Assuming she's really a standout in her film cameos, it doesn't seem like it's much of a choice at all. Why work out multiple times a day, sacrificing long-term health and well-being in a sport you own, when you can hang out at craft services and exchange texts with Sly Stallone?

    Rousey says she'll take some time off after this bout, but this separation may end up being a divorce. If her movies make it big, this could be it for her and MMA.

    Chad: Anybody who can make as much or more money in a career that doesn't involve copious brain-punching and weight-cutting should absolutely take advantage of it. If Ronda Jean Rousey is going to get that opportunity, she should run, not walk, out the door before somebody makes her sign away lifetime rights to her image so they can put her in a video game.

    I have one question, though. Has anybody actually seen Rousey act? I, myself, have not, so I have no idea if this talk of her as a capital letters Hollywood Celebrity is just pie-in-the-sky dreaming. We had pretty much the same discussions about Rampage Jackson before he made The A-Team, but then Hollywood seemed to realize en masse that Jackson was craaaaazy, and where is he today?

    Oh, right. He's probably getting ready for that big fight against Kimbo Slice.

    Look, if Rousey becomes a worldwide movie star, nobody will be happier about it than me. But the truth is, that stuff is hard, man. A lot of people try it, and a lot of people fail. While Rousey has probably never failed at anything in her life—and it feels dumb to doubt her—I also won't be surprised if she's still hanging around the Octagon this time next year or the next.  

Prediction: Stefan Struve Once Again Becomes UFC's Only Top 10 HWT Under 30

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    Jeff Chiu/Associated Press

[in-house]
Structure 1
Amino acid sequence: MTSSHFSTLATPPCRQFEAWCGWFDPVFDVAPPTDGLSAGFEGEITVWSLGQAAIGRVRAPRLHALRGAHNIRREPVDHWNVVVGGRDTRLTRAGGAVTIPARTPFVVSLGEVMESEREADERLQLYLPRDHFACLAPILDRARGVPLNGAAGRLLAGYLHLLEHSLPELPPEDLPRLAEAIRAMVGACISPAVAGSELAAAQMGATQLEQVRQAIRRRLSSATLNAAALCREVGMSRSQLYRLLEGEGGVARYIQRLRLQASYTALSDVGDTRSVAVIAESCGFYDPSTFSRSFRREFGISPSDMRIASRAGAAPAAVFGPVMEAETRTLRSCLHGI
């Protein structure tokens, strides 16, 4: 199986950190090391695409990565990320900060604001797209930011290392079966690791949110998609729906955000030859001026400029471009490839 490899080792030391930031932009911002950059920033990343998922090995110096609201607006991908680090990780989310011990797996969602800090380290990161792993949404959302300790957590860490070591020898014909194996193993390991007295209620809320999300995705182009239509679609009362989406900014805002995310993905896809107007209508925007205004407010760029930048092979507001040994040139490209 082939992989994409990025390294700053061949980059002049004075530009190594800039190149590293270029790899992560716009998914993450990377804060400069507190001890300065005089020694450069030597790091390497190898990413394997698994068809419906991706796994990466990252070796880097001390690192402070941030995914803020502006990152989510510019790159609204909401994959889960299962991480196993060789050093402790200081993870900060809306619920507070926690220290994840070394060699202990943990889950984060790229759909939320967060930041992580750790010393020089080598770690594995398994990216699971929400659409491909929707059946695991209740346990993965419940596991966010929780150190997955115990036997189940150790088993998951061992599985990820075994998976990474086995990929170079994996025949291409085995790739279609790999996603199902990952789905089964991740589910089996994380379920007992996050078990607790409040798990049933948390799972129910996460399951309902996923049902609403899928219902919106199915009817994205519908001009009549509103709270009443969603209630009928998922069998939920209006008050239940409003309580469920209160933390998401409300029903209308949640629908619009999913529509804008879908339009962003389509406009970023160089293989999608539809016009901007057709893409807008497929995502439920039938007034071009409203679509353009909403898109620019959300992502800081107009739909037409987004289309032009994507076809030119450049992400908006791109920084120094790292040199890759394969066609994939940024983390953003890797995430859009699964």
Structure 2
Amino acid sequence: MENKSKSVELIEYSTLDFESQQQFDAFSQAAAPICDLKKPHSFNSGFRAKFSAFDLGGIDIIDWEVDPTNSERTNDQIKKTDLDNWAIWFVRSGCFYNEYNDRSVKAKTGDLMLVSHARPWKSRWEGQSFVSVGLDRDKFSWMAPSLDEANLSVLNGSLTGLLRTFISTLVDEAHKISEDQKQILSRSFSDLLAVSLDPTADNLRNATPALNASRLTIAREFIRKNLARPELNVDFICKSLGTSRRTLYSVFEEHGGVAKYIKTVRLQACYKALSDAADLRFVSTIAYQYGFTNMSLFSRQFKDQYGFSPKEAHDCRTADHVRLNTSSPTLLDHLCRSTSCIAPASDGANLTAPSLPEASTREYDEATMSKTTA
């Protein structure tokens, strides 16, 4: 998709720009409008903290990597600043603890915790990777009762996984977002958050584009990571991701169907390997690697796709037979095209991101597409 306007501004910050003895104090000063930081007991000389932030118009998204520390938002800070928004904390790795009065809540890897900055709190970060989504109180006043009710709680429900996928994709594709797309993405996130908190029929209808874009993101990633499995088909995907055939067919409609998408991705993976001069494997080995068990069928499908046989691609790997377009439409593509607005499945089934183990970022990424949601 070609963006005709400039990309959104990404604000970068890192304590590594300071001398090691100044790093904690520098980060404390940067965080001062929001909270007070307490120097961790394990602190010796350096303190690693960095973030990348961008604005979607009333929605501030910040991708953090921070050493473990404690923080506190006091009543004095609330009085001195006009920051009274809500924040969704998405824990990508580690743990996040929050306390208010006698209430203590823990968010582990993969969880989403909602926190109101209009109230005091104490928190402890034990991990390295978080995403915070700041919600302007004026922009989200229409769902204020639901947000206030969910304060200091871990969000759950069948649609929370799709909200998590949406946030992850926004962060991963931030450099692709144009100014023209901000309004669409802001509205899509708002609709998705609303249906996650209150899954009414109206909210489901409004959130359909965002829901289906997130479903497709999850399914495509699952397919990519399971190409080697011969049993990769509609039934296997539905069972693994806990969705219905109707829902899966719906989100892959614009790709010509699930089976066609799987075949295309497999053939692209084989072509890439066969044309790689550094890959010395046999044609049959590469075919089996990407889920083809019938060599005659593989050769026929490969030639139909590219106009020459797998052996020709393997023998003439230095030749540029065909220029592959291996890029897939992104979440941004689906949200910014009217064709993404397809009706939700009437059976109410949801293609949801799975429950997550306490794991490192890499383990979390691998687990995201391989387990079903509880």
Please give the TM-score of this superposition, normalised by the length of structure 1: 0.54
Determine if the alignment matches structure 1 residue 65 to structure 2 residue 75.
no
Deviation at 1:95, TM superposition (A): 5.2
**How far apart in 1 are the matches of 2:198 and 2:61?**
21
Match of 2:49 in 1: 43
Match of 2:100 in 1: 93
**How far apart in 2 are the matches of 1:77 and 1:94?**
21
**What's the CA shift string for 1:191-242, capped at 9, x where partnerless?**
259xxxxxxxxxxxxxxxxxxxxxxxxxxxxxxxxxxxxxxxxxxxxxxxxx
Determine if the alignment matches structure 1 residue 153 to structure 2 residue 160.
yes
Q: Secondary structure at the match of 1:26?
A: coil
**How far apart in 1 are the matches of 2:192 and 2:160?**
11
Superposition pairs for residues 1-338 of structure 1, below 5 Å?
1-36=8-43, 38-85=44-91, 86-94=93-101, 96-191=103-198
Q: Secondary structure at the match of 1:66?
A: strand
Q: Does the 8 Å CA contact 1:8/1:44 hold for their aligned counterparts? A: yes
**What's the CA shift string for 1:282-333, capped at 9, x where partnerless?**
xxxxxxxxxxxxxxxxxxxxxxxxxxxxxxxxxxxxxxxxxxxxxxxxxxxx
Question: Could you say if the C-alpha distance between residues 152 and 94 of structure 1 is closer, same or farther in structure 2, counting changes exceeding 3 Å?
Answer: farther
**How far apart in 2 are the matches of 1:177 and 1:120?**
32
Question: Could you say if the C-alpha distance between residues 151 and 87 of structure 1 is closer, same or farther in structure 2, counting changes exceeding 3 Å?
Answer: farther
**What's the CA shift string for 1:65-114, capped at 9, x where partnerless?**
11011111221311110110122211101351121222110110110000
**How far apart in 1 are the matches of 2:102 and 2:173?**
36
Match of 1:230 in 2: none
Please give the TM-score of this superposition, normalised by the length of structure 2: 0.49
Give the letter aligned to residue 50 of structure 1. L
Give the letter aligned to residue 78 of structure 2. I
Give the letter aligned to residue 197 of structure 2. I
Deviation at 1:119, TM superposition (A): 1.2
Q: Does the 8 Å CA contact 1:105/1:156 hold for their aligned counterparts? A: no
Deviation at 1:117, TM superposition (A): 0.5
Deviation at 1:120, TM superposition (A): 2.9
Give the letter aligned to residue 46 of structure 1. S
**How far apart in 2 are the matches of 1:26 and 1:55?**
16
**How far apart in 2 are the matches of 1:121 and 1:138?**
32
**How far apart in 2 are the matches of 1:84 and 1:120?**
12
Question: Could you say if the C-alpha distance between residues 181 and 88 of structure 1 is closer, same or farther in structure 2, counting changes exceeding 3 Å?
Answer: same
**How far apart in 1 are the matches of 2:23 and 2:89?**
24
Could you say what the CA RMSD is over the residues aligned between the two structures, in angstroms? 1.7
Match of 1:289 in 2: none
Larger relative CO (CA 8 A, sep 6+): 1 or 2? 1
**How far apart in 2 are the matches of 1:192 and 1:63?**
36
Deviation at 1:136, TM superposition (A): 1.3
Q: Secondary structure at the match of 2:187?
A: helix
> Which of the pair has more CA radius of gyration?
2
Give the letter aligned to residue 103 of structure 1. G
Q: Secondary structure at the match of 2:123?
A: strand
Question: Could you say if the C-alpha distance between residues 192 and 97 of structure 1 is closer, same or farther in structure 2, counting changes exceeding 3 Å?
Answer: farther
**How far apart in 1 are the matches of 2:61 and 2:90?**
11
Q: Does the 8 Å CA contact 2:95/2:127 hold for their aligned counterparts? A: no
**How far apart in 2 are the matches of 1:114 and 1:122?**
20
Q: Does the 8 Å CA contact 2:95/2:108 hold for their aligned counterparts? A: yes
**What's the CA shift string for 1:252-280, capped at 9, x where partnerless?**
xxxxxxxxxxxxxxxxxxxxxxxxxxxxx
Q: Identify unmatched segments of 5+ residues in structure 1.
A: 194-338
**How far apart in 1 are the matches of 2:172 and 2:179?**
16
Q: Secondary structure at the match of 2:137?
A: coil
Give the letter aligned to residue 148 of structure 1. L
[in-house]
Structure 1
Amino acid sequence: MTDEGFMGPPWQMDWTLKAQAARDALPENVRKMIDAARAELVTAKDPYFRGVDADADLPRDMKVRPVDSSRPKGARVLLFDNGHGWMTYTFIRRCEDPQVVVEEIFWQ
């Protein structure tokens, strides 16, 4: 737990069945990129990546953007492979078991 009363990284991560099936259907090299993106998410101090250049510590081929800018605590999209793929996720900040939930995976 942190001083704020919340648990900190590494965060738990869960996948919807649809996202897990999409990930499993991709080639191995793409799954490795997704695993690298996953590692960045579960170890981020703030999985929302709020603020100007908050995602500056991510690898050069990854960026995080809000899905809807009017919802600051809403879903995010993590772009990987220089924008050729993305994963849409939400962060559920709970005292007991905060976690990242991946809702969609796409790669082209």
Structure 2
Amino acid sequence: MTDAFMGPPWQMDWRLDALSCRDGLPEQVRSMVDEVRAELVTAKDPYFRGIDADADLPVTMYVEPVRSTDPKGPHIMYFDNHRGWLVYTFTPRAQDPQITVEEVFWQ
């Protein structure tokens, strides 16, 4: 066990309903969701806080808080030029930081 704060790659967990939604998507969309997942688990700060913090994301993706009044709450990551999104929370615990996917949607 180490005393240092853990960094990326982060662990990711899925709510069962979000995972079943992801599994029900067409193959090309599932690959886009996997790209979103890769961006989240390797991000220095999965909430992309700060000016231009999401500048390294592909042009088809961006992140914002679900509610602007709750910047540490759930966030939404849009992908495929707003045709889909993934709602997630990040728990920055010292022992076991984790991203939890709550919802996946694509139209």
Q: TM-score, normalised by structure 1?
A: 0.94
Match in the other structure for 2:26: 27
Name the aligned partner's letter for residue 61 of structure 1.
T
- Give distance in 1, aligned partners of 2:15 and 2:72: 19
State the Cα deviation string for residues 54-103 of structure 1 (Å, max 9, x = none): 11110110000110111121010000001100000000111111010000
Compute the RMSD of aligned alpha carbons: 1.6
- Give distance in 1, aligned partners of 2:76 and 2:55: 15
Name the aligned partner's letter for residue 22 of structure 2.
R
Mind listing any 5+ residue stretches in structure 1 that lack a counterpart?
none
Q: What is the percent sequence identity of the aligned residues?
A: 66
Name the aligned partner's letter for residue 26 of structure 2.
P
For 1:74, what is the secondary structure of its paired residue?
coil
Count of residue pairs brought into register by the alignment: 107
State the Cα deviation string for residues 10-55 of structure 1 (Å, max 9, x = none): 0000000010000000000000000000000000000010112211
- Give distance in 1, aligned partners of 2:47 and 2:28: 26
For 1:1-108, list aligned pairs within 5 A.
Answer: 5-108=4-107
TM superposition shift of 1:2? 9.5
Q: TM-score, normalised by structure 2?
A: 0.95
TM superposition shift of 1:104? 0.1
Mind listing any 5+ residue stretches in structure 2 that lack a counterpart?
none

Chad: It's been a while since we've seen The Long Fellow in action. Stefan Struve has been out a bit more than 16 months making sure everything is cool with his heart. In our limited interactions, he always seemed like a good dude, and with most of the rest of the UFC heavyweight division about to qualify for senior special movie tickets, it’s great to have him back.

    Luckily, the UFC set him up with this get-back fight against Matt Mitrione. Matty Mitts ain’t no walkover, but Struve figures to be just a bit better than him in all aspects, as evidenced by the fact that Mitrione is nowhere to be found in the company’s official Top 15.

    Struve is currently No. 12 and will vault back into the Top 10 once he crafts a tidy first-round knockout on Saturday. That's good news for him, good news for his heart and good news for the division at large since…yeah, I wasn’t lying about that. He’ll be the only guy on the list under the age of 30.

    Jonathan: The last image we have of Stefan Struve is the big Dutchman helpless on the mat, jaw broken by a Mark Hunt punch, and unbeknownst to all, his heart swollen and enlarged. That was more than a year ago.

    While I applaud Chad's unyielding positivity, I don't think those are the ingredients for a huge comeback. More likely, Struve is tentative, unsure and once again on his back.

    Matt Mitrione may not be the new Fedor, but he can bang a little bit. More importantly, he has the endless confidence you need to win in the cage. Does Struve? Saturday will be a big test, not physically but mentally.